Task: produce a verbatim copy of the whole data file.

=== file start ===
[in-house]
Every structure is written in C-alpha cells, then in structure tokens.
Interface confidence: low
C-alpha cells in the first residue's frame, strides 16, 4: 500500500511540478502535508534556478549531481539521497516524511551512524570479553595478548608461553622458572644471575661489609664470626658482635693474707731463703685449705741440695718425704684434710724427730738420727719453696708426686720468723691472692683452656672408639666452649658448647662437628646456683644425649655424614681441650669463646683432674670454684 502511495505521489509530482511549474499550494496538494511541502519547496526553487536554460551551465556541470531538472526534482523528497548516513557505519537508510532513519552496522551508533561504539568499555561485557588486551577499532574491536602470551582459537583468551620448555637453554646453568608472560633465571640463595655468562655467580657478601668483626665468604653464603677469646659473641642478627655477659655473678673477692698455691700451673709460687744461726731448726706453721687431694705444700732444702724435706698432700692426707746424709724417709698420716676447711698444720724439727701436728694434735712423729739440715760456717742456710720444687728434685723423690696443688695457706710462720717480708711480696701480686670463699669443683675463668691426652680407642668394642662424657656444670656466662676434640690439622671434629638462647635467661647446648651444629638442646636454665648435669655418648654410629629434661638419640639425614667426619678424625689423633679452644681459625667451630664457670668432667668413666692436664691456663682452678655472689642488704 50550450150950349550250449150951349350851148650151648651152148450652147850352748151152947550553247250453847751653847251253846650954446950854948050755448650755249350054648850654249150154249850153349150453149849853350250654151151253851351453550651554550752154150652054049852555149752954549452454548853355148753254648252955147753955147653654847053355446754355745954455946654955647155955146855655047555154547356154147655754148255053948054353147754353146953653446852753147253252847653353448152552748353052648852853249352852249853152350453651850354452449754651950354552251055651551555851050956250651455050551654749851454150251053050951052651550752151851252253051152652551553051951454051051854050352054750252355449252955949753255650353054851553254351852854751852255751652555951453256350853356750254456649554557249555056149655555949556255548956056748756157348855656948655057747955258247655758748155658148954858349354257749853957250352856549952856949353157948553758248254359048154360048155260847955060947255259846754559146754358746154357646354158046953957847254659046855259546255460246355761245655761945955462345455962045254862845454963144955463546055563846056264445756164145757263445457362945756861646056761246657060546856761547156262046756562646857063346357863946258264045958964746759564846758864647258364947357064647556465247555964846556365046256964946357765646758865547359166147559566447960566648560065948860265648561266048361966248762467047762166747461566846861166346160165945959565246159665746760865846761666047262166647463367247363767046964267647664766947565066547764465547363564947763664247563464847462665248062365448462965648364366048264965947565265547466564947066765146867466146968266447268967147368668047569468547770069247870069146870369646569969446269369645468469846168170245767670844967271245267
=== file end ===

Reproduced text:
[in-house]
Every structure is written in C-alpha cells, then in structure tokens.
Interface confidence: low
C-alpha cells in the first residue's frame, strides 16, 4: 500500500511540478502535508534556478549531481539521497516524511551512524570479553595478548608461553622458572644471575661489609664470626658482635693474707731463703685449705741440695718425704684434710724427730738420727719453696708426686720468723691472692683452656672408639666452649658448647662437628646456683644425649655424614681441650669463646683432674670454684 502511495505521489509530482511549474499550494496538494511541502519547496526553487536554460551551465556541470531538472526534482523528497548516513557505519537508510532513519552496522551508533561504539568499555561485557588486551577499532574491536602470551582459537583468551620448555637453554646453568608472560633465571640463595655468562655467580657478601668483626665468604653464603677469646659473641642478627655477659655473678673477692698455691700451673709460687744461726731448726706453721687431694705444700732444702724435706698432700692426707746424709724417709698420716676447711698444720724439727701436728694434735712423729739440715760456717742456710720444687728434685723423690696443688695457706710462720717480708711480696701480686670463699669443683675463668691426652680407642668394642662424657656444670656466662676434640690439622671434629638462647635467661647446648651444629638442646636454665648435669655418648654410629629434661638419640639425614667426619678424625689423633679452644681459625667451630664457670668432667668413666692436664691456663682452678655472689642488704 50550450150950349550250449150951349350851148650151648651152148450652147850352748151152947550553247250453847751653847251253846650954446950854948050755448650755249350054648850654249150154249850153349150453149849853350250654151151253851351453550651554550752154150652054049852555149752954549452454548853355148753254648252955147753955147653654847053355446754355745954455946654955647155955146855655047555154547356154147655754148255053948054353147754353146953653446852753147253252847653353448152552748353052648852853249352852249853152350453651850354452449754651950354552251055651551555851050956250651455050551654749851454150251053050951052651550752151851252253051152652551553051951454051051854050352054750252355449252955949753255650353054851553254351852854751852255751652555951453256350853356750254456649554557249555056149655555949556255548956056748756157348855656948655057747955258247655758748155658148954858349354257749853957250352856549952856949353157948553758248254359048154360048155260847955060947255259846754559146754358746154357646354158046953957847254659046855259546255460246355761245655761945955462345455962045254862845454963144955463546055563846056264445756164145757263445457362945756861646056761246657060546856761547156262046756562646857063346357863946258264045958964746759564846758864647258364947357064647556465247555964846556365046256964946357765646758865547359166147559566447960566648560065948860265648561266048361966248762467047762166747461566846861166346160165945959565246159665746760865846761666047262166647463367247363767046964267647664766947565066547764465547363564947763664247563464847462665248062365448462965648364366048264965947565265547466564947066765146867466146968266447268967147368668047569468547770069247870069146870369646569969446269369645468469846168170245767670844967271245267